Designing Effective Pedagogical Systems for Teaching and Learning with Mobile and Ubiquitous Devices

Designing Effective Pedagogical Systems for Teaching and Learning with Mobile and Ubiquitous Devices

Wan Ng (La Trobe University, Australia), Howard Nicholas (La Trobe University, Australia), Seng Loke (La Trobe University, Australia) and Torab Torabi (La Trobe University, Australia)
DOI: 10.4018/978-1-60566-703-4.ch003
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Abstract

The aim of this chapter is to explore issues in effective system design to bring about pedagogically sound learning with mobile devices, including the emerging generation of new devices. The authors review pedagogical models and theories applicable to mobile learning (or m-learning) and ubiquitous learning (or u-learning, also sometimes called pervasive learning, or p-learning), consider the technological support available, and describe scenarios and case studies that exemplify the achievements and challenges for each paradigm. They will also consider possible abstractions that relate ways in which learners can work within varied pedagogical model(s) to make use of relevant supporting technologies, e.g., the notions of “personal learning workflows” and “group learning workflows.”
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Ubiquitous And Mobile Learning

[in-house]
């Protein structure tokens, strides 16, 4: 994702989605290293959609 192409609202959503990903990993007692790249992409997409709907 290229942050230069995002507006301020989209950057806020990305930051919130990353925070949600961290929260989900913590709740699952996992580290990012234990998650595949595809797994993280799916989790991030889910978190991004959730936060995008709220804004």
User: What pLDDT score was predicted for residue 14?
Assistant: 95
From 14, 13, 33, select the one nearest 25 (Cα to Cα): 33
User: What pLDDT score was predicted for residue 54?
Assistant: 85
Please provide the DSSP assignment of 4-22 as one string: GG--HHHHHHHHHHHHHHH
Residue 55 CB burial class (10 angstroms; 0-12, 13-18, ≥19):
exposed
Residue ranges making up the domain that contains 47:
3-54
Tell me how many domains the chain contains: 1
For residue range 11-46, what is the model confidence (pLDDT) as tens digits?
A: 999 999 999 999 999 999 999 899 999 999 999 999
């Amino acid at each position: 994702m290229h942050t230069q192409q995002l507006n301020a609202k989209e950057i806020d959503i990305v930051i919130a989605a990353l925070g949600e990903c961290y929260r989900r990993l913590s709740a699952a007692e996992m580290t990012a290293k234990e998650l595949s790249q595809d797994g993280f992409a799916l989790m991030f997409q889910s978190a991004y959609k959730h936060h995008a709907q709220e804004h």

Ubiquitous learning is characterised by two dimensions: (1) it is not constrained by physical space, plans or timetables but is pervasive and occurs anywhere at anytime and (2) as a consequence of the distributed nature of the immediate access to a variety of sources of information or means of reflecting on experiences in interaction with others, ubiquitous learning is characterized by the transformation of understanding and the ability to question experiences and information. Informing this view and in line with the views of Schenker, Kratcoski, Lin, Swan and van ‘t Hooft (2007), we understand learning as ‘the processing of encountered information [extended to include experiences, values or representations] that leads to changes in knowledge, skills, beliefs, abilities, and behaviours’ (p172). The notion of ‘ubiquitous’ learning builds on this to emphasise how this processing can occur through a variety of modes and modalities unconstrained by time and location. Because of their capacity to situate the experiences and transforming reflections in both the immediate and more removed contexts, mobile technologies offer a powerful means to enable ubiquitous learning in being able to provide a portable, interactive learning environment capable of both multimedia functions and Internet access and supporting both self-directed, independent learning and interactivity with others. Consequently, mobile technology should be able to foster active and creative learning as it is capable of creating opportunities for students to collaborate with peers in project work (e.g., via phone to phone Bluetooth, or IR beaming) and to undertake independent research (via wireless networking) and be engaged in problem solving in real-life contexts. Its portability allows for context-based data collection and ‘just-in-time’ learning.

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